Additional Notes on Malformity

Earlier this week, I published a post on my employer’s blog about a project that I’ve started working on. The project, called Malformity, is a local transform package for Maltego that can be used to assist in conducting malware and malicious infrastructure research. Since this won’t re-hash all the basics introduced in that post, I highly recommend you read it first, if you haven’t done so already. This post will just lay out a few more notes related to the project.

First, if the project helps you out, awesome. I’m adding transforms right now that I think will be the most useful and the ones that help me out when I’m doing my analysis. If there’s a query or source that would be helpful for you, please feel free to submit a request for a new transform or transform set! I’d love to see this project grow to meet the needs of as wide a range of people as possible (within the scope of malz/infra of course…).

In the near term, I plan on creating a Virustotal account and distributing an API key with Malformity so that people don’t have to create their own accounts. The option to specify your own key will remain. Additionally, I plan on expanding the number of Virustotal transforms in the package. My colleague, @KyleMaxwell, wrote the first couple Virustotal transforms and is also working on a transform for the Collective Intelligence Framework. Once these are done, I plan on beginning to expand the base of transforms available. I’ve also submitted a CFP to a BsidesBOS, so if all goes well, I’ll be presenting there. If not, I hope to find another con this year that may work out.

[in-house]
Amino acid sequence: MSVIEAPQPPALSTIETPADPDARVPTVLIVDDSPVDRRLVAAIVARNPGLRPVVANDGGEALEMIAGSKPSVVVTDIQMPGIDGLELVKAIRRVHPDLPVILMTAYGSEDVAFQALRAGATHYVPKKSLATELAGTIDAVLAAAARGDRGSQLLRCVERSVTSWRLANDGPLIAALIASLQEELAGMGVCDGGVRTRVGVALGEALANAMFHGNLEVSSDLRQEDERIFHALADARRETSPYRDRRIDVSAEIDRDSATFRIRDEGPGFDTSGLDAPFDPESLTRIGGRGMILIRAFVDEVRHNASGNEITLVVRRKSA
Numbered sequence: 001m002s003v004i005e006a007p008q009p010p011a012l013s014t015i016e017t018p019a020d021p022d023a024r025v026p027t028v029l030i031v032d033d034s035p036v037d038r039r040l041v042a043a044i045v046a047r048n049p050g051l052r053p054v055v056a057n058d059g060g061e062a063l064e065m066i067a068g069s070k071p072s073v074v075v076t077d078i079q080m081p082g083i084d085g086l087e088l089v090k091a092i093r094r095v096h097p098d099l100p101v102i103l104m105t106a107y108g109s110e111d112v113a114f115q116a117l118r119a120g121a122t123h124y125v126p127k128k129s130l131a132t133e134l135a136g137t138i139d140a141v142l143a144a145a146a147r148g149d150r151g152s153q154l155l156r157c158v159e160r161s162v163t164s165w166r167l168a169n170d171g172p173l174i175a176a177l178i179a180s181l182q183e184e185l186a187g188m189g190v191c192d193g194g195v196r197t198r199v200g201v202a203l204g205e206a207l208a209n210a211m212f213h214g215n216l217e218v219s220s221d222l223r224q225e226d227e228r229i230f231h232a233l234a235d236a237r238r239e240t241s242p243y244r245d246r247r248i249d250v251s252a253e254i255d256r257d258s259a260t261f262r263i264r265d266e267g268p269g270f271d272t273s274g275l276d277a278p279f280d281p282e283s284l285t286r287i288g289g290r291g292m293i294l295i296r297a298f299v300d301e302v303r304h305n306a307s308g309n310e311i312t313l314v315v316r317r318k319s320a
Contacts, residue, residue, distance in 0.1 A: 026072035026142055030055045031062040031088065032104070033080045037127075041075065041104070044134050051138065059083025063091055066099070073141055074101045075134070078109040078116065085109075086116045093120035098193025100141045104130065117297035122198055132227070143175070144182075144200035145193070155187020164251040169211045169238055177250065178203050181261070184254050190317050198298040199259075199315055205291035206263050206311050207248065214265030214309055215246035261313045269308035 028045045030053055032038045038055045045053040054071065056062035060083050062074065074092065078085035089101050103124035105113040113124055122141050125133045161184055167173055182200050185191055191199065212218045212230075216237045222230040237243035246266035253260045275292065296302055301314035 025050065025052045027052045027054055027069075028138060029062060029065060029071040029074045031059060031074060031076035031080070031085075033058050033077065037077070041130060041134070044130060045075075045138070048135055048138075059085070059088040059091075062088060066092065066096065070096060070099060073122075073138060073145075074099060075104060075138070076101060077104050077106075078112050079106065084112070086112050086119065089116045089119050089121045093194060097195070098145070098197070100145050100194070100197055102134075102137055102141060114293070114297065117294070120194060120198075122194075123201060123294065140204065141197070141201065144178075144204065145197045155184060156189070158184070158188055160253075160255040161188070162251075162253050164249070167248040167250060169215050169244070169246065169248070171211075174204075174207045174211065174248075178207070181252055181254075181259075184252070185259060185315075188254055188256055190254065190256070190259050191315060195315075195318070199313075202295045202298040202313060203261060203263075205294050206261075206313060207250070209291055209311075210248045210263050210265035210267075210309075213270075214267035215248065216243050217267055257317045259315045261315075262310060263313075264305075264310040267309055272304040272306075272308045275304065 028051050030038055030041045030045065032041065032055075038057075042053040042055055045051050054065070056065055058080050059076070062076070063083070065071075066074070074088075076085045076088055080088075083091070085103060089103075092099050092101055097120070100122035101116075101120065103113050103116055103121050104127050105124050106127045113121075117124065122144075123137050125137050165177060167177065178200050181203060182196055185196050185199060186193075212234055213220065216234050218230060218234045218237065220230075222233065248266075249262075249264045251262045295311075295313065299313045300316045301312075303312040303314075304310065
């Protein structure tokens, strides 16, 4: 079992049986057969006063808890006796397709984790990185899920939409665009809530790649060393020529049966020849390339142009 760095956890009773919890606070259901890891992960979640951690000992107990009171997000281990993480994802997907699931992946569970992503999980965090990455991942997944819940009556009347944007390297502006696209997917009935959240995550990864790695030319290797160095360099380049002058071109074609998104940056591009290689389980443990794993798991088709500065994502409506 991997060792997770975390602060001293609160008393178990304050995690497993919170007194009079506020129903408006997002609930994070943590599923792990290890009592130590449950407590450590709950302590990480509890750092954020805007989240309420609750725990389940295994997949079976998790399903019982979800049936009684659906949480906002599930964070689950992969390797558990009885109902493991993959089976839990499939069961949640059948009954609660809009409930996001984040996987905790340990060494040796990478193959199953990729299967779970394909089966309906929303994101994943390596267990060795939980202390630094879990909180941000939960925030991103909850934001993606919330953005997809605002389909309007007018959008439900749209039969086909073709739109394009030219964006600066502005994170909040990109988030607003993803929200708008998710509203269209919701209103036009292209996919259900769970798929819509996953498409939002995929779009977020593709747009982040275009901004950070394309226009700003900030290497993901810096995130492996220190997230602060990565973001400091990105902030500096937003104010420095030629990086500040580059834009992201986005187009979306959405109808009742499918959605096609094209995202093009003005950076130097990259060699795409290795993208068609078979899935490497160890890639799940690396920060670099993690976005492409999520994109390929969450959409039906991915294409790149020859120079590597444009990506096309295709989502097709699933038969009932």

I think the online transforms provide a wide range of immediate benefit. However, I think there is some real potential power and beginning to build transforms similar to Sploitego, which also uses local tools to produce data for the graphs. Using transforms to also pull data from local malware analysis tools could open up another aspect of graphing capabilities. This is particularly useful for analyzing samples that aren’t publicly available. For instance, we could write a transforms that uses pyew to pull links from binaries and graph them, or perhaps you want to graph all the function names.

Thanks again to Nadeem Douba for canari, Paterva for Maltego, and ohdae for his malware entities!

Again, I hope this proves useful for people and please don’t hesitate to submit transform requests or contribute via github. Thanks!

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